I’ve posted Entry #48 to my weekly Valuation-Informed Indexing column at the Value Walk site. It’s called What Causes CD Rates to Rise and Fall?
Juicy Excerpt: The primary reason why TIPS and IBonds and CDs were paying such absurdly juicy returns in January 2000 is that stock prices were sky high. When stocks are priced at three times fair value, irrational exuberance is at its zenith. That means that 90 percent of investors want to buy stocks, stocks, stocks, stocks, and price considerations be darned! There would have been no market at that time for CDs paying reasonable, rational rates of return. To sell their CDs, banks had to jack up the returns offered on them to sky-high, once-in-a-lifetime levels.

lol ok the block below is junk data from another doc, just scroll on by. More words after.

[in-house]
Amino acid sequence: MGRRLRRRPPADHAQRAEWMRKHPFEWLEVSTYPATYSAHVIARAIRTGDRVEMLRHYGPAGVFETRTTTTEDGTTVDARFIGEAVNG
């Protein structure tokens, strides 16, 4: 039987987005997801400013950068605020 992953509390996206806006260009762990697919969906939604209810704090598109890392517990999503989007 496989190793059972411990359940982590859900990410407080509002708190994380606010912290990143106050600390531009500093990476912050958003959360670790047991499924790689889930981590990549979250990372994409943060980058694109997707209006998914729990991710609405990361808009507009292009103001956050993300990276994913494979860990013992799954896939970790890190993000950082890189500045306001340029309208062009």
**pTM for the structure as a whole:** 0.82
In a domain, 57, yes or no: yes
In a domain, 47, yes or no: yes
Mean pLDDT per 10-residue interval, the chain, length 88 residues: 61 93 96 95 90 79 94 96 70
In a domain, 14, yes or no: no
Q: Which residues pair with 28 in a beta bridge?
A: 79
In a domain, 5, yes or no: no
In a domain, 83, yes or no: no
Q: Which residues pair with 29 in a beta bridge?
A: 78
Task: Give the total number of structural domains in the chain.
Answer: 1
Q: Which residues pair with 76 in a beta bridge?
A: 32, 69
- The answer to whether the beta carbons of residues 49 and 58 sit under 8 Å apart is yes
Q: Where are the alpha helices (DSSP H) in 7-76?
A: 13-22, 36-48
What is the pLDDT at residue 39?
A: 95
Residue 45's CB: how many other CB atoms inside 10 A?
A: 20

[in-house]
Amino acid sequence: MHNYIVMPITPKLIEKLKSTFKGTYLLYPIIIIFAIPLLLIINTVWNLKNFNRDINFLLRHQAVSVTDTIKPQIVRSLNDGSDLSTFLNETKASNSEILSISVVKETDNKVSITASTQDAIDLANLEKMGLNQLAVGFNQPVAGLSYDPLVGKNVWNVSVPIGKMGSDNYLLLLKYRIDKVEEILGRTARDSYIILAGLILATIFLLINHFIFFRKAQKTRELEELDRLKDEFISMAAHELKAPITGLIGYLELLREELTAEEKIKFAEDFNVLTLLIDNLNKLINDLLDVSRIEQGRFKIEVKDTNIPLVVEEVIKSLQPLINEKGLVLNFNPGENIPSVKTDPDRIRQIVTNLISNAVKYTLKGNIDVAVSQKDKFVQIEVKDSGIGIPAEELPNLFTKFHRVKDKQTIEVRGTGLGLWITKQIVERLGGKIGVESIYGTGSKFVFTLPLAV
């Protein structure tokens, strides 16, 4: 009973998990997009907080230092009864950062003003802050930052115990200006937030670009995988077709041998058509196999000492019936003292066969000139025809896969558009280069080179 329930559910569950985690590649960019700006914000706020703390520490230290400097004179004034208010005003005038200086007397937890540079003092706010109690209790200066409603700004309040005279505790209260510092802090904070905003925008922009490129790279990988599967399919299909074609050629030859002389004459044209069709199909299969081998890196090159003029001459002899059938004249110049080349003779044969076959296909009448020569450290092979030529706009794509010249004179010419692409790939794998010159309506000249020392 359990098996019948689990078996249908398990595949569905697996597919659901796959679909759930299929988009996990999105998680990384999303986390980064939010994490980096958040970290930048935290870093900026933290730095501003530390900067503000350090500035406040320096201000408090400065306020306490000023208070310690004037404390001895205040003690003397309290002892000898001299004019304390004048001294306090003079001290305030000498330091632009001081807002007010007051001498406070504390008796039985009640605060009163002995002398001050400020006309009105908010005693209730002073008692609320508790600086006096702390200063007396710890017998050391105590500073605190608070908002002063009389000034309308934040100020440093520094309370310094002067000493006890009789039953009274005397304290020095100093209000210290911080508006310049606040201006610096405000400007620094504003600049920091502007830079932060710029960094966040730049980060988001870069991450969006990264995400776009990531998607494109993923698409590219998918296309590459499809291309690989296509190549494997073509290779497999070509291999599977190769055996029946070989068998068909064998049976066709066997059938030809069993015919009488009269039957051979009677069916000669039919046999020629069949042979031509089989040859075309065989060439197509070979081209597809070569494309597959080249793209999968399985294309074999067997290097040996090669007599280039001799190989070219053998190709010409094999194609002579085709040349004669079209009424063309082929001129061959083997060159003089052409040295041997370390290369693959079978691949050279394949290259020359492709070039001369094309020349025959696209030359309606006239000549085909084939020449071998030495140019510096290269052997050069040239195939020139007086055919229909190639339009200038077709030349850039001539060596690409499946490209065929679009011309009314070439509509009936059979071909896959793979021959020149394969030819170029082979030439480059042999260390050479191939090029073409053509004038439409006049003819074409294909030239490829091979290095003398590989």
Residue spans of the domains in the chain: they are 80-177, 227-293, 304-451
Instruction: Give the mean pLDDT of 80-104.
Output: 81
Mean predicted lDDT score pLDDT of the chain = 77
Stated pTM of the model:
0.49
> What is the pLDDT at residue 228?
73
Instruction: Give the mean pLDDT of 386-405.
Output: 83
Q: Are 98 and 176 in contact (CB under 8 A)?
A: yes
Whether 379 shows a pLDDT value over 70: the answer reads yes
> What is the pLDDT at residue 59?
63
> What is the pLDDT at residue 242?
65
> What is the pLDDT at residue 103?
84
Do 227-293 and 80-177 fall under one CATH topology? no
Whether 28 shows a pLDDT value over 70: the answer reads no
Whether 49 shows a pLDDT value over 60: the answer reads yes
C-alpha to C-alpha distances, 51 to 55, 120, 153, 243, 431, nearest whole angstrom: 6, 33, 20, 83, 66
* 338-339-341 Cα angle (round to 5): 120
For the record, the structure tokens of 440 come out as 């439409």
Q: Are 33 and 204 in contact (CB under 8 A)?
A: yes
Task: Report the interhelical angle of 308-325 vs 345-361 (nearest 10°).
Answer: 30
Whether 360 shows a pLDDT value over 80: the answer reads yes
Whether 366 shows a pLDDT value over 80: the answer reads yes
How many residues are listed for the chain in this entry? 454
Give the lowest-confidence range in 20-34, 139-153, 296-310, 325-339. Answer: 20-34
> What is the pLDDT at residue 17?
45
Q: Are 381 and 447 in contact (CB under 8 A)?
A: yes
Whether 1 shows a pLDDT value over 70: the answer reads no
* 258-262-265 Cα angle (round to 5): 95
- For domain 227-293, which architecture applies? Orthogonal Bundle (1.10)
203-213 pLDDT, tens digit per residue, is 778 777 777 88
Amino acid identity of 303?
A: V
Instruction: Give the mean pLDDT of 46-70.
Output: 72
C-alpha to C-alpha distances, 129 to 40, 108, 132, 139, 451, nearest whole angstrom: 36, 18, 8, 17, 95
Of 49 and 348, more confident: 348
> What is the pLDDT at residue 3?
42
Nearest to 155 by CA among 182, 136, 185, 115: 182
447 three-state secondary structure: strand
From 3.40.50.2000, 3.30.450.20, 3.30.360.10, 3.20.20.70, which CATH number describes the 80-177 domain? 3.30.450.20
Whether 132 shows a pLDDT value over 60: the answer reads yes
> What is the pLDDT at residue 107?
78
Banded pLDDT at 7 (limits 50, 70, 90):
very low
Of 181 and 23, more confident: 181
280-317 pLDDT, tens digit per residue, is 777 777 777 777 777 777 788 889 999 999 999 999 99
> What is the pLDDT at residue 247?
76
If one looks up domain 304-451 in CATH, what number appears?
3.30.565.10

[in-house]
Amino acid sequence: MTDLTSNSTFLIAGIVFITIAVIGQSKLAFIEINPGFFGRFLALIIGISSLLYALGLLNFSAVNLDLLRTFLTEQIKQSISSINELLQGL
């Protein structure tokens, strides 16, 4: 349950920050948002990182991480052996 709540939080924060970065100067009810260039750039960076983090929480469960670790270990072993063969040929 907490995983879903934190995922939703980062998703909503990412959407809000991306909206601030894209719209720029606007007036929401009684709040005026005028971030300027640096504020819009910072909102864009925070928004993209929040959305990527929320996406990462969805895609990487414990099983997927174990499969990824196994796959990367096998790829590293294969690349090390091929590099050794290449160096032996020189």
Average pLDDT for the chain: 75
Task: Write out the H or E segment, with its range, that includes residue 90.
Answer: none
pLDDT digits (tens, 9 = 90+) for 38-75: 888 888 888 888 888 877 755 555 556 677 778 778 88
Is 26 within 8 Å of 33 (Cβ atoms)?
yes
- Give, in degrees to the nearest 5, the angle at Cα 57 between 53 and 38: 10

There are lots of people looking for an alternative to stocks today. So banks trying to sell CDs do not need to offer high rates of return to entice buyers. Thus, investors who are frustrated with years of poor stock returns but not yet willing to let in the painful reality that they were fooled by the Buy-and-Hold marketing slogans are electing to stick with their high stock allocations on the thinking that the rates of return available elsewhere are just not appealing enough to justify moving out of stocks.
The point that they are missing is that stock prices always end up at one-half fair value in the wake of an insane bull market and they do not make their way from three times fair value to one-half fair value in a short period of time. It takes years for investors to come to terms emotionally with what they need to come to terms with to permit stocks to lose five-sixths of their value.